What you can learn from Google web stories examples
One of the best ways to improve the quality of your web stories is to learn from Google web stories examples.
Coming up with ideas for web stories isn't always easy. In fact, more often than not, you can struggle quite a bit before a decent idea comes to mind. Fortunately, there is an effective way to ease up this process. Namely, you can check out Google examples and use them as a great source of inspiration. Then you can easily use web stories for a marketing campaign. But, to learn the right lessons from Google, it is paramount that you know what to pay attention to. So, let's see what you can actually learn from Google web stories examples.
How to learn from Google web stories examples
As it is not, Google places a lot of value on web stories. It doesn't take much research into their business practices and SEO updates to learn just how valuable web stories are to Google. Therefore, it is worthwhile noting that they take great care in picking and showcasing web stories on their site. If you are smart, you will learn from these stories and ensure that yours are properly designed and in accordance with current trends.
Identify what they are trying to say with the story
The first thing you can notice with Google web story examples is that they have a clear message. Each and every story gives you an idea of what it is about, at first glance. If you open the story, you will likely head to a story carousel, where they will further elaborate on the initial idea. But, it is hard to overstate the importance of the first story. It, by design, catches your attention and gives you just enough so that you have a vague understanding of what the carousel is about. But, not enough so that you don't feel obliged to watch.
Another aspect to take notice of is the visual storytelling. Apart from what is written, try to see how the image behind relates to the written content. In almost all cases, you will see that it both highlights the content, and add something to it. Either a different frame of reference in which to interpret the written content. Or another bit of information that is missing. In either case, you need to understand the role of visual information in Google's web story examples before you make your own. If you don't understand what is visually conveyed, and how, you won't be able to make your stories engaging.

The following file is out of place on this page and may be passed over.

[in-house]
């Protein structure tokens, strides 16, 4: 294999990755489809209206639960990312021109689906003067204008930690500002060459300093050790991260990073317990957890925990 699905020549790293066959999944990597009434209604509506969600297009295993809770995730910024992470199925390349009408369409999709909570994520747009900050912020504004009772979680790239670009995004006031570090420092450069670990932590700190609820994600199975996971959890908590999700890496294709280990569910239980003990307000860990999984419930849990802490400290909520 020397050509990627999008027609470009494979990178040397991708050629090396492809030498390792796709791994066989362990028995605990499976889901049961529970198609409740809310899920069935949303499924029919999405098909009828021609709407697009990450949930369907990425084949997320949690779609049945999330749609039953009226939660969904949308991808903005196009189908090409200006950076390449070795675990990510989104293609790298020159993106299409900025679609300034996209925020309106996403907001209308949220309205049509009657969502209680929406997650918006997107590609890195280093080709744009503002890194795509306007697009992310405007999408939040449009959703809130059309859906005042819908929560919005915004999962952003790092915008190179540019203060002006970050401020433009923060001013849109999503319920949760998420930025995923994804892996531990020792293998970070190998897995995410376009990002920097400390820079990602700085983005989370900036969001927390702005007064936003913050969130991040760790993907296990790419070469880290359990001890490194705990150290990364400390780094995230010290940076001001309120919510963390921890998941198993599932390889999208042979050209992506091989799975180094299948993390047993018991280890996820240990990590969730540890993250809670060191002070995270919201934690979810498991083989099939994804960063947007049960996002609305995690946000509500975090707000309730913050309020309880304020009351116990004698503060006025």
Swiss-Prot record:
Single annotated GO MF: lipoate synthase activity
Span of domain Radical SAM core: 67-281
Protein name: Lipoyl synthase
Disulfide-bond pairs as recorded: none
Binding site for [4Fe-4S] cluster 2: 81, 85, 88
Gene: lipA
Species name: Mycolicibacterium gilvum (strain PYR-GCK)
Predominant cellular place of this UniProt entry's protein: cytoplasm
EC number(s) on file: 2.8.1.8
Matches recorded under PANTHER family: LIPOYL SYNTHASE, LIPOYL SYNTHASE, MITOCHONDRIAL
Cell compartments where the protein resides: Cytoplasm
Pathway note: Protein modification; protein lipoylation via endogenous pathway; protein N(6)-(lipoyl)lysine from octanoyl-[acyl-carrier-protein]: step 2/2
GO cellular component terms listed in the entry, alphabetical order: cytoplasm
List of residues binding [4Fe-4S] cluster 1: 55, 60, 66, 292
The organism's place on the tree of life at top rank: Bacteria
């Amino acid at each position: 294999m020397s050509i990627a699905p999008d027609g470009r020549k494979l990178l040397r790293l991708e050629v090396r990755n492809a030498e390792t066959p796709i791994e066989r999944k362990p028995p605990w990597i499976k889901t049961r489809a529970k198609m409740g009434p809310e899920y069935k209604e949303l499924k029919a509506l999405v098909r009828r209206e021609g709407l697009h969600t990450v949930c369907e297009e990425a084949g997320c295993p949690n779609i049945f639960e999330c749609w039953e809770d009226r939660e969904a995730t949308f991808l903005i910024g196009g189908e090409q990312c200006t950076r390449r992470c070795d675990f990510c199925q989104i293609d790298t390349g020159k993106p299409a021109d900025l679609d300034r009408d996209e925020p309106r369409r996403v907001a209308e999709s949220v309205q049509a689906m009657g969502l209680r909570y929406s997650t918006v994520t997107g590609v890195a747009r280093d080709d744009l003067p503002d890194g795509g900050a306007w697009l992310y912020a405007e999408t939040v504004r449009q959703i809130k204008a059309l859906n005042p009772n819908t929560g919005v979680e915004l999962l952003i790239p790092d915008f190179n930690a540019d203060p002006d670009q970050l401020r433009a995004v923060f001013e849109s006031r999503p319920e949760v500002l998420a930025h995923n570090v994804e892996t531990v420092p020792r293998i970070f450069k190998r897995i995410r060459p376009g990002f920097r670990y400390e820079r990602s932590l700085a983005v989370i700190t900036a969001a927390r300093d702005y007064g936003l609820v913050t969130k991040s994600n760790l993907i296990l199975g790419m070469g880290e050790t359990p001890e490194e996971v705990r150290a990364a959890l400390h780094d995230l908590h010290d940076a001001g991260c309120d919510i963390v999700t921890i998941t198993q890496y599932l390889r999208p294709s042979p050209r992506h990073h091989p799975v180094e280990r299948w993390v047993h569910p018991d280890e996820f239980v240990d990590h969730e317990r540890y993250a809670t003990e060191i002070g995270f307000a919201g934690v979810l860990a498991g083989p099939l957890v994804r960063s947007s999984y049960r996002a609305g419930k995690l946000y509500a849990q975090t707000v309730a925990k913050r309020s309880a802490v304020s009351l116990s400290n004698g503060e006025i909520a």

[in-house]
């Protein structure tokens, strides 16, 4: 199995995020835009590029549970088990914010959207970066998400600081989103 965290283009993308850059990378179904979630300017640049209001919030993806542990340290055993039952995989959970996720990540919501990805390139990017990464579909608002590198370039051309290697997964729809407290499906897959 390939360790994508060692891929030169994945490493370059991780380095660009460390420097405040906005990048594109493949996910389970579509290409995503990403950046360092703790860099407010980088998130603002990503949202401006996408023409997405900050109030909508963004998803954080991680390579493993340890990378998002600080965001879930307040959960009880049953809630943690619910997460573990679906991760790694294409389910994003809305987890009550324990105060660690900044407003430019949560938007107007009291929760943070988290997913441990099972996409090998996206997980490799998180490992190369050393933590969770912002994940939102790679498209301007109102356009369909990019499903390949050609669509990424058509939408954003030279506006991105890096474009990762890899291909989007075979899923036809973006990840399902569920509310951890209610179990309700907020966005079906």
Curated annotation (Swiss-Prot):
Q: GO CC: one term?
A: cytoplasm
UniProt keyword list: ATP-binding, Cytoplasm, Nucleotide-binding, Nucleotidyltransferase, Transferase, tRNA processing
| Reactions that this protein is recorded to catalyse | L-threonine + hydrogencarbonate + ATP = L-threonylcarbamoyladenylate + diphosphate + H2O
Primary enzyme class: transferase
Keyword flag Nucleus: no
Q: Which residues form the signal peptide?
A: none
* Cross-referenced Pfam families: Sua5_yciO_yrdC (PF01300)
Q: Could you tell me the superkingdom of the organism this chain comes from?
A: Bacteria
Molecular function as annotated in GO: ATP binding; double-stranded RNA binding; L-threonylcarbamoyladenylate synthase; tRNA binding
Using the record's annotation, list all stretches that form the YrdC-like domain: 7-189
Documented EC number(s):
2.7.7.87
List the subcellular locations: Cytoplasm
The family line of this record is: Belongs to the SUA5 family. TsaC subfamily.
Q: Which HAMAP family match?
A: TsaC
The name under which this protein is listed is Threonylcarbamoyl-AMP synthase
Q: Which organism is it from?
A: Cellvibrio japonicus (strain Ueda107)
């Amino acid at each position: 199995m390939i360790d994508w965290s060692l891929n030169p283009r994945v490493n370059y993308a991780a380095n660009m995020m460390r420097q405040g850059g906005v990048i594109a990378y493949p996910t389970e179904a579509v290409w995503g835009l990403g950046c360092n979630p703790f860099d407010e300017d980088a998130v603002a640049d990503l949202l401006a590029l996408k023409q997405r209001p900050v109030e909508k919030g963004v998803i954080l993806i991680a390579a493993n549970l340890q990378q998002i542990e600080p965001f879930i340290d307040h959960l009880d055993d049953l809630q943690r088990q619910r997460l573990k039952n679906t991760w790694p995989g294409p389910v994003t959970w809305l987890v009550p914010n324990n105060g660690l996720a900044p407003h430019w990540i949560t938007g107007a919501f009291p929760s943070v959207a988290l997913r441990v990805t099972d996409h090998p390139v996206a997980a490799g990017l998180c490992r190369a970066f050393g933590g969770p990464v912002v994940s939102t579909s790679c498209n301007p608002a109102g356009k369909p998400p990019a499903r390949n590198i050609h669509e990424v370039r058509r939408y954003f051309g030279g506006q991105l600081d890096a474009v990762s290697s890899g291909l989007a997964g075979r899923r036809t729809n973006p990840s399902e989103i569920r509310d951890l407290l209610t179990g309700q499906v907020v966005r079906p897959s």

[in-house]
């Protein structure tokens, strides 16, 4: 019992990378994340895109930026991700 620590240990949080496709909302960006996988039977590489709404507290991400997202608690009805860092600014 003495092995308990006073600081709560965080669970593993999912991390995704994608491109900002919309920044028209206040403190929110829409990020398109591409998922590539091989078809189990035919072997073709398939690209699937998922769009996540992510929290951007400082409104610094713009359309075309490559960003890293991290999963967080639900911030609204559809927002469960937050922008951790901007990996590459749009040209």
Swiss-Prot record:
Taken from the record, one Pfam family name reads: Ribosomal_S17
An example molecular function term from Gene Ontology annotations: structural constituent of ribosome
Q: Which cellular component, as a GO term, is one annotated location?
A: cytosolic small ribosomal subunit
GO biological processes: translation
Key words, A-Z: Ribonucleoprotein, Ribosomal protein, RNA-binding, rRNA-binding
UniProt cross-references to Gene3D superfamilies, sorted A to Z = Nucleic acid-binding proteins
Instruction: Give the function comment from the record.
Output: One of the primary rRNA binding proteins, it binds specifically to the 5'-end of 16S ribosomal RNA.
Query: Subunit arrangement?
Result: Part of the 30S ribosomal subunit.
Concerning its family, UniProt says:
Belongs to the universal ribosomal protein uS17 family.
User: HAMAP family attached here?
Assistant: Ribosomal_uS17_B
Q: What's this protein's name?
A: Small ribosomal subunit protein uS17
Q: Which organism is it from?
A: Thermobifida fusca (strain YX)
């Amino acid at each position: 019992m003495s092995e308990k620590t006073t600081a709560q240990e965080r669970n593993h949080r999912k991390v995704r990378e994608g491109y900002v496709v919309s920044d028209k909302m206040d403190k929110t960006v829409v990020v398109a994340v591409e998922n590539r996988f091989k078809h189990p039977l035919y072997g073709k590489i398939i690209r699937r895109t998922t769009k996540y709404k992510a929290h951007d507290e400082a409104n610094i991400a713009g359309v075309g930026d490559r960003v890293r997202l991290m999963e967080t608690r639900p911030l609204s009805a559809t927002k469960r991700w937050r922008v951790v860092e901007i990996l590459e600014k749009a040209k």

Design and brand connection
At the bare minimum, every story showcased in Google's selection has a logo attached. The first story should always have a clear indication of who is posting it. But, apart from that, you can notice that the logo isn't simply pasted on without second thought. The colour palette, the negative space of the image, the placement of written content. You need to keep all of these aspects in mind in order to properly place your logo. The most common place is at the top left of the first image. But, as always, this is prone to change. The key thing is knowing how to design the web story so that it properly showcases the brand.
Important lessons about creating web stories
Unfortunately, you cannot learn how to make decent web stories by simply reading about them. As it is with all marketing content, you need to experiment and see what works with your brand. And you need to see how your audience responds to your content. The more you do so, the easier it will be to incorporate specific ideas that you see within Googles examples. And, to help you start, we will give you a couple of pointers to keep in mind.
Minimalism is always a good idea
The whole idea of story content is to present relatively complex ideas in a bite-sized format. Good web stories always have something to say. And if you pay attention to Google's web story examples, they tend to use as few resources as possible to say it. So, once you start making your own, try to adapt minimalism as much as possible. Both with visual and written content. The more you are able to condense your information, while not making it too vague, the easier it will be to come up with web stories.
Quality over quantity
While you will likely feel pressed to post your web stories as often as possible, we would advise patience. Yes, posting something is better than posting nothing. But, a single, well-made web story can be far more effective than a large number of subpar ones. Especially if you keep it in line with your brand. Remember, you are not limited by social media that your stories can only stay online for 24 hours. Through StorifyMe, you can integrate your web stories with your website and have them stay there for as long as you need. So, when you start creating stories, try to dedicate as much time and effort as necessary.
Consult with professionals
The final piece of advice we have for you is to not shy away from professional help. Visual designers spend years learning how to promote brands, design alluring content and guide people's attention. Therefore, it only makes sense that you make full use of their knowledge and experience. After all, there are likely to be a top of useful details that you simply aren't aware of. And the sooner a seasoned professional can point you in the right direction, the better.
If you are attentive and studios, there is a ton you can learn from Google web stories examples. From getting concept ideas for your web stories to picking up on subtle design trends. The key thing is to have a good understanding of your brand, and how it works within the story format. If you aren't sure about a certain aspect of creating web stories, consider talking with a professional designer. The more input you get from people with more experience, the better.